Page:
As the cold temperatures grip my region of the country, I yearn for any signs of spring. I’m excited when I smell a skunk, feel the sunshine on my face or notice the hawks locating their mate and pairing up. But for now I have to tolerate the cold a little longer.
In my neck of the woods we spend half the year heating our homes to stay warm. It is just the norm and thus most people don’t think about how heating our homes can be environmentally harmful. We just turn the thermostat up and we’re done. But these energy sucking metal monsters are harming our planet.
Don’t fret however. There are both simple and complex changes that can alter our planet harming heating habits. You may have already implemented some of these. If so, kudos to you. If not, it isn’t too late to make these part of your winter routine.
What “fuel” do you use to heat your home? I have been bombarded with television ads lately promoting “buy a new natural gas furnace to save money on your heating bills. It’s the clean fuel”. Is it clean? The way that natural gas is extracted from the earth and then transported to our homes is not best for our planet. It could be better than coal or oil however.
I heat my house with geothermal energy. Water pumped through the earth brings the warmth of the earth into my house. Zero carbon emissions. No toxic fossil fuels need to be transported into my home.
But you probably don’t want to spend the time of money to replace your furnace. Let’s look at easier and less expensive ways to conserve energy. A simple way to save energy while heating your home is to make certain that your furnace is operating efficiently. Get a furnace “tuneup” at the beginning of the heating season. There are many HVAC companies that offer tuneup specials in the autumn.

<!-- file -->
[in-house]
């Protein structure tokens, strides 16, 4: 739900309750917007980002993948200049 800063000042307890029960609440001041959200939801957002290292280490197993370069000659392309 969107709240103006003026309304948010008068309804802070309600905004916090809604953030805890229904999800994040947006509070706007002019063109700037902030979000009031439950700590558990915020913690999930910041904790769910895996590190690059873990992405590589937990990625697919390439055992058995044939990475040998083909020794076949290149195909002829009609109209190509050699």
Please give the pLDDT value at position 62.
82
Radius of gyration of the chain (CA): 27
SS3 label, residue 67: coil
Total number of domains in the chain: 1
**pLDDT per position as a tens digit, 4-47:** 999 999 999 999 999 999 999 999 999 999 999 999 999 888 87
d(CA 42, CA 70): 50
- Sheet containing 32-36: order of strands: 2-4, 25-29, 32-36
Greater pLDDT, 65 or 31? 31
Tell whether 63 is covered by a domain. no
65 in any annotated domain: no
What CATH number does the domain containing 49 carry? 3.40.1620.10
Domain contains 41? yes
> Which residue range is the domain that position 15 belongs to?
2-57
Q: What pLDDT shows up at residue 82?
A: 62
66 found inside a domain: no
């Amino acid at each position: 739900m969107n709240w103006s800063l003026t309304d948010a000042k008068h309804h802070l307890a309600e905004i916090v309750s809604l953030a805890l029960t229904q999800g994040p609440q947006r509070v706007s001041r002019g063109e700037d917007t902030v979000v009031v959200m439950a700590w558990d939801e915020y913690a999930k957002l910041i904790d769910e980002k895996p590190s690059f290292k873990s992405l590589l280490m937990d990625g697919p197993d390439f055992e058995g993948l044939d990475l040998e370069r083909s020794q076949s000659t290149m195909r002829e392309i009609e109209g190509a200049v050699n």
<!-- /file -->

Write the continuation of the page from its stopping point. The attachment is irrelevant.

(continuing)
Something that you can do yourself is to change the filter on your furnace. During the cold months of winter I change my furnace filter once a month. A dirty filter makes it more difficult to move air through it, thus using more energy to run. Put a reminder on your calendar. Some smart thermostats allow you to set up a schedule by furnace runtime.
Another fairly inexpensive and easy way to save energy is to replace an old thermostat with a smart thermostat or a programmable thermostat. A smart thermostat allows the heat to be turned down when it is not needed. Some smart thermostats actually will detect when you leave the room for an extended period of time and will turn the heat down accordingly. If you don’t want to replace your thermostat, you can turn the heat down manually at night or while you are away.
There is a great debate about turning down a thermostat as it takes more energy to bring the heat back up to a comfortable temperature. Studies have been done on this topic and it has been proven that turning down your thermostat for 8 hours at night will save you money. If you have geothermal heat however, this is not true. Geothermal should always be maintained at a constant temperature because of how the heat pump cycles.
Do these minimal effort tasks to help make your home heating more environmentally friendly. It will not only help the environment, it will help you save money.